Logansport Pharos-Tribune from Logansport, Indiana on April 24, 1891 · Page 6
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Logansport Pharos-Tribune from Logansport, Indiana · Page 6

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Logansport, Indiana
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Friday, April 24, 1891
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Page 6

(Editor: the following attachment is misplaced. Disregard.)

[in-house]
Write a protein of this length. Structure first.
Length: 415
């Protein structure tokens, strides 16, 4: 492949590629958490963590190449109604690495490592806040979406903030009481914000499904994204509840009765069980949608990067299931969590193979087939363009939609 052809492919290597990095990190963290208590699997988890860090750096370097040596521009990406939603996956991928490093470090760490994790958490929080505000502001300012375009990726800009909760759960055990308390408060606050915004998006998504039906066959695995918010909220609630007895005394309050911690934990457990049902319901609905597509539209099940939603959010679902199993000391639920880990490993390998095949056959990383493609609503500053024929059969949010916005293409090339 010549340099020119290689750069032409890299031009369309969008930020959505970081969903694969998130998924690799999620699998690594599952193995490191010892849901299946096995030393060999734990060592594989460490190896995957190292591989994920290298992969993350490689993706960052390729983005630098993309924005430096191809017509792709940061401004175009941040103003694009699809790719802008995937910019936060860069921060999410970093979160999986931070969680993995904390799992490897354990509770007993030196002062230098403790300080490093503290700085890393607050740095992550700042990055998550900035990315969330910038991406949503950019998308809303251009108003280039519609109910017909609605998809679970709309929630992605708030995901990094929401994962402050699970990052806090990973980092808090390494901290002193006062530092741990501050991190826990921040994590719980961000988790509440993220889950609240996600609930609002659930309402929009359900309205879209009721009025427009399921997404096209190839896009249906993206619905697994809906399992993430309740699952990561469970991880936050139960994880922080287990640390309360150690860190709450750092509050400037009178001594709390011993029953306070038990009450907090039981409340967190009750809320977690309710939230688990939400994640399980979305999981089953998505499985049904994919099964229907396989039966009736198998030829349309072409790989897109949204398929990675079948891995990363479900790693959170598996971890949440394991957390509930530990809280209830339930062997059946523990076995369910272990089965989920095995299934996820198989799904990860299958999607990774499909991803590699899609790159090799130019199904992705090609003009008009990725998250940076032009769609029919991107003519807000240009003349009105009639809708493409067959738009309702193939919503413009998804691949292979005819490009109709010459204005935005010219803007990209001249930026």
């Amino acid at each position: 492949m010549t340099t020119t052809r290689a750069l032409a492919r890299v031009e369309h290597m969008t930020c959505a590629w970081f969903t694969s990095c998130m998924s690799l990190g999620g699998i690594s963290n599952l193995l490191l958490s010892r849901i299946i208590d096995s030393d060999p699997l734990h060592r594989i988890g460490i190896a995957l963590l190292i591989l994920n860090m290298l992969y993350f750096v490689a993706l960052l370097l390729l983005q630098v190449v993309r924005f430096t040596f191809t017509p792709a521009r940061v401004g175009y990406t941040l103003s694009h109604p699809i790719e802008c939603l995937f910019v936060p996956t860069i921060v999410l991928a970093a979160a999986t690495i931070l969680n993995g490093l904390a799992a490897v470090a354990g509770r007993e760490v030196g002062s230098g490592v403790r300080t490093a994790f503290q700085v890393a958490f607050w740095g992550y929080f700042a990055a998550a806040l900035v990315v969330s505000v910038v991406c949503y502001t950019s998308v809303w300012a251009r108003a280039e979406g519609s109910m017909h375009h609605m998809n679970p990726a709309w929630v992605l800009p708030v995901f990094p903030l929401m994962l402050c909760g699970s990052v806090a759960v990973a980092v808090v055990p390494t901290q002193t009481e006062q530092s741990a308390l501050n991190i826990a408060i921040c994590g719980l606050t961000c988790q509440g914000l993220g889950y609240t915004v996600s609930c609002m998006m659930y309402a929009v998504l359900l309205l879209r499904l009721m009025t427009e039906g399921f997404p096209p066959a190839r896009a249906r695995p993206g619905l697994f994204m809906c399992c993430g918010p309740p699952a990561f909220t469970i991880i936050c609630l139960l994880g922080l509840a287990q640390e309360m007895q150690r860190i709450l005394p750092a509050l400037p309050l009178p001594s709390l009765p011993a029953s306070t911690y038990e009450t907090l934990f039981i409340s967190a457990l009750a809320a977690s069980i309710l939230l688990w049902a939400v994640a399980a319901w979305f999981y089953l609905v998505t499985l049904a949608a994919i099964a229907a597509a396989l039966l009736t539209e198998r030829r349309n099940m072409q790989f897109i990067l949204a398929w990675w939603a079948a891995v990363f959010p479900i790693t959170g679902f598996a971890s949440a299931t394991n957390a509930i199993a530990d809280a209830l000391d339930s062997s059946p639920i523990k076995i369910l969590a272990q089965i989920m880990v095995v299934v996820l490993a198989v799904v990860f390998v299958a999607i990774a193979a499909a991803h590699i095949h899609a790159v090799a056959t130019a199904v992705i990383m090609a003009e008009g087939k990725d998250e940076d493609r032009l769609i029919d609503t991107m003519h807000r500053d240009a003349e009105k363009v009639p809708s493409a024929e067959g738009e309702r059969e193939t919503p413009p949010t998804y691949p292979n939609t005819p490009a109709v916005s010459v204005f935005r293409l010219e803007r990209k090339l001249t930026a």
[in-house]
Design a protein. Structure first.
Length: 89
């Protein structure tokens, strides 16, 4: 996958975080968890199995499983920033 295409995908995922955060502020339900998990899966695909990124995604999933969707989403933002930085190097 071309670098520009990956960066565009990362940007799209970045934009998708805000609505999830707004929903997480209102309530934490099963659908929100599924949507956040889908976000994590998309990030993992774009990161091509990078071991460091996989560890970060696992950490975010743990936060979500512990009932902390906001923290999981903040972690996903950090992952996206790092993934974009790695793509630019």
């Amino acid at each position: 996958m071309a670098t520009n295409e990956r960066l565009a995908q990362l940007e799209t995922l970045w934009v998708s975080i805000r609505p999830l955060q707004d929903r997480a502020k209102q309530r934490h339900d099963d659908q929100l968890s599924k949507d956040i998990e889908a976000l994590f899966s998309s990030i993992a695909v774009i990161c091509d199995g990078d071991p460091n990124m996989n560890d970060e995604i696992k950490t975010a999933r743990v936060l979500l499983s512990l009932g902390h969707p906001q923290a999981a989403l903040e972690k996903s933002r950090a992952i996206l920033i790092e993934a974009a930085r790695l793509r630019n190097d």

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LOVERS' WALKS. Ah, once I lll;od not lever*' walks— Nor wanderings by tho &IU— Wben star to star at midnight talks, Ana all the world 13 still I I laughed »t all romantic souls That naif In rupturo stood; I hated strolls—those moonlight strolls— And always Miought I should I Ivowocl toy all th-: world e'er knew Of beautiful ix:id DrlRht, No love en earth should tempt mo to A rambling walls by night I But, ah—one's mind can little guess To what onCs heart is born; Who thought a month—or oven loss- Would Irad mo so foresworn! •But when 1 loved not star.—nor moon— Nor wanderings through the glen— 3Jy sang of llta was out of tune, Iknew not romance, th.cn 1 Kow I would ruther roam till light Bloom'd o'er the niom's sweet breast; Than ever breathe those words, "Good night!" Or ever think of rest. —N. Y. Ledger. HIS PERQUISITE. Why the Squira Dossn't Keep aa Well Posted as Formerly. *'It ought to be here by this time," said the postmaster of Darby, as he shuffled in from taking a squinting view through his fist dovra the "turnpike:" "Well, I can't wait. If anything comes, send it up." -Jake Perkins picked up his molasses-jug- and went out. The Darby mail was late: and when, a tfew minutes later, some one announced the approach of the mail, the postmaster felt called upon to vindicate ills own position by censure of the mail- •earrisr, who climbed slowly out of the •dilapidated old buggy called the ""stage." "You must have a powerful heavy oaail, you're so long getting here," he 'Jbegan. "Always have a heavy mail when BOly's aboard," said Uncle Billy Tate, •winking as he entered with his usual deliberation and threw the mail pouch -with a circular motion over the counter smd around behind the small cluster of 2x>xes known as the Darby post office. "That may all be so," said the squire, •"but the people of this town don't feel •obliged to wait all day on a government official, on no solider ground than Ids being fat and his horse lean. This office is run for the people, not for a people, and they want their news on time." "The news'll keep," said one. "An' the squire'U never let his per- kisites spoil a-layin'," remarked another, with a wink. These frequ«nters of the combination village store and post office knew that the squire at least wanted the :news; and it was no secret that the newspapers and postal cards that came an the mail for the families living on the outlying hills gave him an opportunity for supplying his wants—an opportunity not. enjoyed by the less iavored residents. In reality the squire had rejoiced over this fact when he' took the office, looking upon it as one of the perquisites of the position, and "perquisites" he Always had an eye upon. He had always reasoned that anyone 3iad a right to make a good-thing when 3ie could. If he had a better chance -than most people for. news, why, if there was anything to be made .oat of it, who had a better right to use it? He distributed the matter among the boxes with great deliberation and entered the sitting-room adjoining the store as soon as the crowd had departed. He slipped a postal card into his wife's hand. "Perkinses coming, S'liny." _ In a very short time his wife thrust her head into the store. • "Why, it don't concern us; there's no news on it," she said, with evident disappointment. "What of it?" she questioned, as she slid back to the office and reached up to place the postal card among the P's. "I'll put that card up, S'liny. Just .you leave it down there. So you tlrink •that isn't news, and don't concern us! "Well, I reckon it does. You waiUil ;get this mackerel kit down cellar." Presently he came up from the cellar. •"Isn't it eleven miles to Perkins'?" he .-asked. "And isn't Kaf free as water -with his money? The man that takes 'em up there's going to get paid for it, and I'm going to be that man." "You! Why, Dan'l, where's your tt'other horse and your wagon?" "I've thought that out Fry's mare jfor a half-dollar, and Job's big wagon another, and I'll clear a full five on it.' "But-Jake'U go after 'em, sure, if he •g-ets wind of it" "Just so! But he's got to get wind o: it. To-day's Monday, and I'm thinking he won't get that card before Thursday. See?" . ' "La, yes, I see, but don't you go tc doing anything against the law, Dan'l.' "Well," 'tisn't against the-law to for get" The card was whisked among some papers as a customer entered. Thursday morning found the squire at the early train, but there was no one there answering to-the Perkins'rela- tives. "Perhaps the folks you are looking Jor will come on the night express,' said the conductor, of whom he in quired. "That's due at six." "At six o'clock it'll be dark," he oiused, "and they'll pay almost any 3>rice to get there. I'll wait; but what :ails that horse's foot?" Inspection proved that the borrowec ajnimal had cast a shoe, which had to be iset. Then he had to have crackers anc <eheese for the day of waiting; but nigh ajnd the express came at last, and no i-Perkinses upon it. "Well, it's queer, mighty queer!' anused the squire, as he drove slowl; %omeward. "They said Thursday; and ere tis Thursday night—Whoa-p!" .He had nrn full into a wagon whicl being- drfren along the dark road, he liglrt o* »' match he' discovered tttdly -wrenched wheel •"You-com*, Dan'l?" It -was l»«* **he.n his wife oeered out nto the gloom as he stumbled in out of he dark. "Yes, 1 have, and that's more than thcr folks have!" He answered, gruffly "Didn't Raf's folks come?" "iNo, they didn't, and I don't see what .oiks want *« bo writing to make folks raipse 'round after them for like this. 11 for nothing. Anybody been for the mail?" "Xo, but a man's been here to buy ae old gray, and he said he guessed, _:eing that neither you nor the horse was here, he'd back down." "Jiminetty! If I didn't forget I'd set • he day! There's the last chance gone o get rid of Bob. I tell you, S'liny, hose Perkinses ought to pay me for his! I'll be out nigh three dollars be- ore I get through with that wheel busi- icss!" he groaned. "And all because hey didn't come up to their word." Next day, after the squire had distributed the mail, Jacob Perkins en- ,ercd the store. "Hello, squire! What's the matter with uncle Sam this week?" "Uncle Sam?" the squire asked, somewhat agitated. Did Perkins know any- hing about that postal? "Yes, he's powerfully behind time, didn't know but Uncle Billy 'd had he apoplexy or his horse 'd got choked >y an extra oat, and government hed stopped accordin'ly. I ought to have lad a postal from nephew Raf last Monday." "Perhaps it got delayed. Lots of new men,in the service, and Darby's out in the country. Maybe that's it." He handed out tho-card with au effort at unconcerned indifference. "I should say 'twas—and the clay after ther fair. If I'd got it when I ought he wouldn't 've had to got a jvery and express wagon to bring 'em all up and their trunks." "Hey! Kaf come?" the squire exclaimed. ' "Bag and baggage, Tuesday, just as le wrote he would." "Tuesday! You sure it was Tuesday?" The squire's surprise had got the setter of his discretion. "See for yourself. It's plain as daylight," "Why, isn't that an ft in there?" Tie squire pointed to the word as he viewed it through his glasses, 'JSFo, sir! Yen ain't so used to Eaf's writing as we are." Perkins laughed, knowing the squire's curiosity. "As I was saying, if I'd have known it in time I'd'have jot you to go after 'em—I was working so like a beaver, and therroads are bad. You might as well have had that ten dollars Eaf threw away on the livery fellers—an' better, too. I told him so." "S'liny!" "Why, what's the matter, Dan'l?" his wife asked in rising accents of alarm as he put his head in at the door a few moments 'after Perkins'' departure, a woe-begone expression on his face. "One of your attacks coming on?" . . ' • "S'liny, the Perkinses have come— the whole family." "Land sakes!" She bounced up indignantly. "When?" "Tuesday," he answered, slowly and solemnly. "Just what that postal said, too. Here we both of us had that; thing here since Monday, and read it Thursday every time. And if I'd been attending to my own business I'd 'a' made ten dollars. As 'tis I'm out of pocket instead of in." "It's a mortal shame!" she exclaimed, sympathetically. "Folks ought, to stop writing cards if they can't write 'em plain enough to be read "straight." "Well, I can tell you what's right now." He sat down impressively on the nearest nail keg. "If this government expects I'm going to spend my time making out its postal cards to get news, it's going to find itself much mistaken, that's all." He .went back to the post office with his new determination and a dejected air. His perquisite had lost its value, and such open communications in Uncle Sam's mail were thereafter passed by unnoticed. When his lessened stock of information became a matter of com ment, as occurred very soon, he had but one explanation., "News,"- he declared, "isn't to be depended on." But to S'liny he remarked: "It's los ing business attending to other folks' affairs without being asked." So it is a question whether his disastrous speculation ever forced upon him a conviction of the truth in Jake Perkins' opinion, delivered to Raf with a knowing chuckle: "The squire hain't got as much of _ nose for news as he had 'fore he got his come-uppences. I reckon he's learaec that his 'perkisitcs' pay best when they're taken on the square."—Sarah Bierce Scarborough, in Youth's Com' panion. . FOR CRUSTY BACHELORS. flow to fold a. Coat Without Damaging the Garment.. . How many people know how to fold a coat? asks' Clothier and Furnisher. Che Most Eminent Scientist of the English -Sipcaking World. Prof. Thomas Huxley, one of tlie most widely known of England's scientists, s the son of a schoolmaster at Baling, and when but thirty years of age was a professor of natural history -it the Royal' school of mines and of ihysiolopry at the 'Royal institute. His irst appearance before the p'.iblic as a naturalist was made when he pub- ishcd the record of his observations on he coast of Australia after he hud re- urned from that country, in which he ,pent three years as surgeon of J.T. M. "Rattlesnake 1 " and, as the government refused to assist him to publish it, he was unable to do so for fully five HOW TO FOLD A COAT. Here it is all in a nutshell, with no explanation necessary, except the illustrations. No Smolco TVTthout Fire. He- 1 - Would you object to my smot ' 8he — Certninly not— -if you don't object t« beinf flred.— Wunsey* 1 IV«ekly .PROF. HUXLEY. PKOP, TH03IAS HUXLEY. rears after his return to England. At ;he age of forty-five Huxley was president of the British association and had won world-wide recognition as a scientist, and now at the age of eighty, although he has re tired from public life, ^e .wields his pen with remarkable vigor and with that extraordinary clear and logical style which has always distinguished his utterances. The latest literary work of Prof. Huxley has been a series of letters to the London Time* upon "Social Evils and Worse Remedies," in which he attacks Mr. Booth's scheme for the amelioration of the laboring classes, and exposes the methods of the Salvation Army. This volume, for the letters have been published in book form, has created quite a sensation in London. Check Instead of a Picture. A characteristic anecdote is told regarding Rev. Dr. Phillips Brooks. As is well known, Dr. Brooks will never allow any of his photographs to be put on sale. But one day a delegation of young ladies from his Sunday-school sought him out and declared that they could make some money at a coming fair if he would let them sell there copies of his photograph. The fair was to be held in connection with the Sunday-school work' of his own church, and the younj* ladies couldn't see how he was going- to get out of the tight corner in which they had him. But he got out of it, just the same. "A very laudable work, ladies," he said, blandly; "and how much money do you suppose you could make at the fair selling my photograph?" "0," said the young ladies, readily, "we could make as much, we think, as^fifty dollars." They weren't prepared'for' the reply. "Very well," said the eminent divine, turning about and seating himself at his desk, "I can save you trouble and myself annoyance in this way." And he handed over a check for fifty dollars. CAN'T UNDERSTAND IT. The Electric Light Causes Groat Consternation in Jerusalem. A decided sensation has been caused in Jerusalem by the introduction of electric light into a new building. The building in which the light has been introduced is near to the supposed site of Calvary and close to the Damascus Gate. MEMORIAL TOWER. A Striking Work of Art Recently Erected at WInsted, Conn. Unique in design, of the native pink granite, and standing fifty feet high, is the soldiers' memorial tower at Winsted, Litchfield county, Conn. This striking and original memorial, says Leslie's Illustrated Newspaper, is the work of Robert W. Hill, architect, of Waterbury, Conn., and the sculptor, Mr. George F. Bissell, of the Benedict building in Washington square. It is 20 feet square at the base, 15 feet at the summit, and, is surmounted by a bronze statue SJtf feet high, entitled "The Standard Bearer." Within is a series of three chambers rising one above the other, and in them will be placed tablets, busts, medallion por- It need hardly be said that the Arabs and Jews are much puzzled to account for a light in a lamp in which there _ is no oil, and up to the present time, while gazing with wonder, have been keeping at a respectful distance. The Camphor Tree. One of the most useful a,nd magnificent productions of the vegetable kingdom, .that enriches the soil of China, more particularly the provinces of K$ang-si and Canton, is the camphor tree. This stupendous laurel, according to the testimony of learned Chinese mandarins, has been known to attain a height of 300 feet and a ffirth measurement of 80 feet. They seldom grow on uplands, but are to be found in abundance on the banks of many of the larger streams. Lord Amherst's embassy reports the average height of camphor trees at from 50 to 70 feet, with a stem circumference of 20 to 35 feet. Besides yielding the camphor gunvof eommerce, this valuable tree is the principal timbtr wood of the celestial empire, and is used not only in building, but in most articles of furniture. Tho wood -when dry i« of » light yelloTf color, and, although liyht and easy to work, if durabl* and not likely to be Injured bj MEMORIAL TOTTER AT "SVIXSTED, COSS. traits, and appropriate inscriptions. War relics will also have there a final depository, and the whole interior effect, with stained glass windows, will be a fitting tribute to the patriotic citizens of Winsted who went out to the field during the civil war. But what adds dignity to the exterior architectural effect is its place on the summit of a hill ISO feet high, 'in the heart of the town, the outlying grounds being laid out as "Winchester Memorial Park." Moreover, this memorial, in general design, as'a historical depository, made of lasting stone, might well stand as a model for soldiers' . monuments now going up throughout the union. Mr. Bissell, who has produced other important outdoor memorials, has just taken up his residence in New York, and is now engaged on a soldiers' and sailors' monument for Salisbury, Conn. They poulticed her foot anrt poulticed.licr he»d. And Mistered Her back till 'twi« sm.-utln>r and red, Tried tonics, ellxlrj, p.-iln-kllkrs and aMves, ( Though grandma Cedarcd. It irna nothing Dat Ana' tliiTpoor'iromaii thought she raunt certainly Till "favorite- Prescription " shn happened to try. .Ko wonder Us praises 60 loudly they ERcat, She BTOW better at once anil TV»S well In a treat. The torturing pains and distressing nervousness which accompany, at times, certain forms of "female weakness," yield like magic to Dr. Pierce's Favorite Prescription. It is purely reptat>le, : perfectly harmless, and adapted to the delicate organization of woman. It allays and subdues the nervous symptoms and relieves the pain accompanying functional and organic troubles. It's a legitimate 'medicine—an invigorating, restorative tonic,- a soothing and strengthening nervine, and a positive remedy for "female weaknesses" and ailments. All functional disturbances, irregularities, and derangements are cured by it. There's nothing like it in the way it acts—there's nothing like it .in the way it's sold. It's guaranteed to give satisfaction in every case, or the money paid for it is promptly refunded. Bead the guarantee on the wrapper, You lose nothing-if it doesn't help you—but it will. - DAIBYING is similar to other occupations in that it is profitable or unprofitable—just as the dairyman makes it. Energy, true (not false)' economy, and a strict adherence to business principles, are the."^Iratcliwords" to success. IS YOUR WIFE WELL? THE WOMEN OF AMERICA ARE THE LARGEST CONSUMERS OF S. 8. 8. IT NEVER FAILSTO RESTORB BROKEN DOWN HEALTH WHEN CAUSED BY IMPOTBRlSKEp BLOOB .^ ORTMB CARES OF . /^^ TH« HOUSEHOLD. j "^? v OVWtTBN TMOU8ANB 9T THE BB*T WOWCH OF T>W COVMTBY Housekeepers • ™ \J*~lt I J»» » K.I —YOU CAN— WHICH COSTS Less than Half the price of other kinds. A TRIAL WILL PROVE THIS. Found;), 20c. -, g^ by <3 roocrs _ Halve*, lOc. V ln Ciaia oaly Quartern, 5c. ! HOFFWflN'S HARMLES; HEAPACHE POWDERS. thgBest CURE ALL HEADACHES. ey are not a Cathartic For Sale by Bed Fisher. Sure Cures!} ESTABLISHED 1861 ( 188 So. Ills. (ClarkSt. The Regular Old-EstabMecr PHYSICIAN AND SURGEON Is still Treating with the Greatest SKILL and SUCCESS CtoonicJerwanilPriTateBiseases, Terrible reams, ea an ac c thccflccts leading to early decay and perhaps C sumption or Insanity, treated scientifically by - aps Con , ly by new methods with never-failing success. . *3- SYPHILIS and all bad Blood and Skin Diseases oermanently cured. 45-KIDNEY and URINARY complaints. Gleet, Gonorrhoea, Stricture, Varicocele and all diseases of the Genito-Urinary Organs cured promptly without injury to Stomach, Kidneys or other Orcnns. «g-No experiments. Ape and experience important. Consultation free and eacred. *B"A11 correspondence is sacredly private. Forty Years' Practice prables Dr. Clarke tnGrar- antee Cur";; in ?U TurnMe Cases of Erzcina, Scrofula, Syphilis, Bhidder and Kidney 1'tis- east's, Lcutorrlura and Female Troubles, Liver Complaint. Catarrh, all Bluod, Skin and her- YOUK .Diseases. No matter who has failed to cure you. write Dr. Clarke a full history of your case. Hours, 8toS; Sundays, 9 10 12. Call on or address F. D. CLARKE, M.D., 186 SO. Clark St., CHICAGO, ILL. $3000 JV YEAH ! I undertRXo to brie flj | tench any fnirlv IntclWgcntJU-rson of fllther •ex, wlio cnu rend mil! wrke. and wlio, after Imlructlon, will work Induitriousl}-, __._._ _ how 10 cam TlirfB Tliounnnil Ilollnr. a Year in their own Iocalitle9,wherev«r they llvc.I will alno furnish the situation ori;nijjloviiicnt,tit ivliich you run nuru thataniouat. Ko money tor me unlvM »uc«B»ful a. above. K«i!yimd qalcklv lenrnod. I desire but ono worker from each dlBInct or county, i hive already UlUKlIt and provided with cmploymralK laree number, who arc making over *fl<)00 a jcnrcoch, II >M/W •nd SOLII>. Full ii«rilcular» FJtKE. -*ddrc«BBtonco, E. C, Al^EJf. Slox 420, AiiKilitu, Main "Wood's THE GREAT U«ed for 36 ye bythouiancUnuc- :elitully. Gua.r- jinned to ota-e all formi o: Nerroui WjwiltnoM, Emlj. ilona, Spermatcr. rhea, ImpoMncy, and all th« ec:e«». package,Jl; {Ix, $6. Addrna TbelWoo* »T«., Detroit, Klch. SoldbyBenFlsber. . orYouthfilfony and tbe exo«««« ot later yean. Oiva immediate ttraath aru(«i» or. Aikdruutftt for Wood'iPho*. ptiodla*;tak>no »nb»tltttt«. On« . or Dampblet l Co., IS1 WoodVu* treatment Soloogts RROTAGDN U ROF.DIEFFENBACH'S • SURE CURE 'or S|«mAL, HMVpIlS I "1 URINARY TROUBLES to YOUNG, I MIDDLE-ABED ">* OLD MEN. NO STOMACH MEDICATION, NO ONCER- TAIKTY OR DISAPPOINTMENT, tot tea lively relieves the -wornt cases In 24 hours nbd permanently cures in lOOdayn. 15 Oftys on trial by rotwra mall for *l. Circolur free. THE PERU DRUG CO.. i.lortieU.3. 18BW1S.ST.,MILWAUKEE,WlS. WHAT -TO HAVE YOU TRADE? ... TIME TABU TRAMS CARRYIHa PASSEKGEr MAV* ISOUTOFOBDER THE. feel listles* and tumble to get through our daily work or social oqjoymeatfc Uto •ill bo a burden to you. VOl care yon, drive the POISOK oot of •OUT system, and make you strons: and well. :iey cost only 86 cents a. box and mxyevro your lite. Cam be bad at any Drug Store. of ConSzESFzna node In 6t Lonla.*fe> LOGANSPORT JUCT BOOKB. New York Express, dally............. *-™"™ Ft Wwne (Pa«.)Aocm., excptSundaj^ab a m Kan "tr * T.ledo Ex., eicpt gundsjll J5 a m AUanUcIxprese, dallr -•• •• • *:0° P m AooommOdatlonFtt, cxcpt Sunday.. 9:^6 p m WJST BOCKD. i, dally 7:52ani , wu n Fit., eiept Stmdar.. 12:16 p m IttnUllT Jot., e»»Pt Stenday......... 3.45 p W Lateyette (Pa8.)A«m., exopt Sunday 6M p m 8tLoul«Bx.,dauj 1032pm Eel Blver DIv., LoRannport, Wc»t Side iBetwocli Irf>K«n«port and CbUl. .IAST DOUM). Accomodatlon.LeaTe, axoeirt SuBd»j.WflO a m Acoomwiatlon, L«5»Te ."• ••*•"• *:*> P m Aoeomod»Uon,ArrlT«,*»)«pt Butoy, " YOTJB UVUS PERFUMES THE BREATH. ASK FOR ir. FLEMING BROS,, - Pittsburgh, Pa, LADIES % I DYES Do Tour Ovn* Dyeing, at Home. _h'-y will dy« «verything. They ore sold everywhere. Price lOc. apache. Tlieyhavonoeo.uj.1 for Strength, Brightneas. Amount in Packagei •rfor F.intui-«J of Color, or uo" failing: Qualities, They do »"(. <•• "'• " .••;•'"(•..>"• J?orBoloby Ben Kshflr. 811 Fourth street. iGENIS 1 WANTFD ' or DR v SCOTT'S flHn I tU beaotaul ElectrlO Corset*. Sampielrce to tbos» b* comiEK agents. K» risk, quick ulw. Territory given, taiicfactiOD guaranteed. Addreai DR.SGOTT.842 Broadway 8t..N.Y. B 1 BY CARRIAGES! J make a specialty of manufacturing Baby Carriages to *ell direct toprlvnte piirtlet. You can, therefore, do better •witb me than wir.li a dealer. Carriages Delivered Free of Charge to all points In the Untttid States- Send for Illustrate J CutulORue,. CHAS. RAISER, Wlfr. 62-64 Cly&ourn Ave., Chicago, III. TO WEAK HEN Buffering from the effecii of youthful errort, etrly decij-.iriwtiiigweEkneM, loitmmhood, etc., Iwill •end » -nimble treatise (teiled) containing full patticttUn for home cure, FREE at chargo. A. iplendid medial work: «honld De re»dby ere^- dan ^rho if nervon* and debilitated. Addreu, Frof. F. C. FOWLEH, Hoodiu, Conn. Winsloijlanier&Co., 17 NASSAU STREET, New York, BANKERS, FOR WESTERff STAT£S, CORPORATIONS, BANKS AND MERCHANTS. INTEREST ALLOWED ON DEPOSITS AND LOANS NEGOTIATED. Lake Erie & Western Railroad Co. "NATURAL GAS ROUTE.- ' Condensed TimeTable i t IN EFFECT MARCH 1st 1890 \_ Solid Trains between Sandiisks and Peorla and Indianapolis and Michigan City. ' DIRECT Connections to and from all points In the United States and Canada Trains Leave Logansport and connect with the L. E. & W. Trains as follows: WABASH E. E- Leave Lo»ansporM:13p.m..II30a.m... 8:iaa.m Arrive Peru 4:36p.m..11:44a.m... 8:55a.m L. E. A: W. R.E. Leave Peru, North Boond 4.-45p.m 10.-40a.ir Sonth Bound 11:50 a. m W1BASH R. B. LeaveXogansport,8:4Sp.m.. 7:60a.m Arrive LaFayette, <:55-p.m.. 9:20 a.m L. E. & W. B. B. Leave LaFayette, EastBound........ l:50p.m West Bound 5:10 p.m H. C. PABKEE. Traffic Manager, C. F. DALY. Gen. Pass, ft Ticket Aj?t. '.NDIANAPOLlS, IND. A Chicago druggist retailed 2000000 of B. F. Keesling and Cullen & Co.,so)e Agents in Logansport. .I CURE RUPTUBI DR, HORMFS ELECTRIC TRUSSES Have Cured 10,00" RhpturCT In IS Tears. ', -I suffered wltha rloulilanipturo 5 ream. Tom- Eleo-. :trlc Truss cured me in SJjimontDs. J.O.PHILPOT." , Sept. 24,'90. ; Chattanooga, Tone., "Tour £l»ctrlo Trnss cured my rnrturi) after snfferln* . 15 years. Mas. A. DOUGHTY." Ausecon, N. J. Oct. 8, '90, "lam cured Round and well by wearing your EleetrM Truss. B. HARrat.." .Davis City. Iowa. Aug. IV'90. TheonJj- nnnlnc Elcctrio Trn«» n»4 licit Com iTtthcirorTd. flO-paiceninoM-nln*! lnM>k»«'ntlVne,^cK- DR. HOBME,INVENTOR. 180 WABASH AVE., CHIC* W. L DOUGLAS »*>d otit r fioecla.1. U*. for C.«trVmcn. L«die.,etc.,ar»wai- -on -bottom. .• A4d«M „ - Bold 19 J. B. WJNTERSJ Broadwav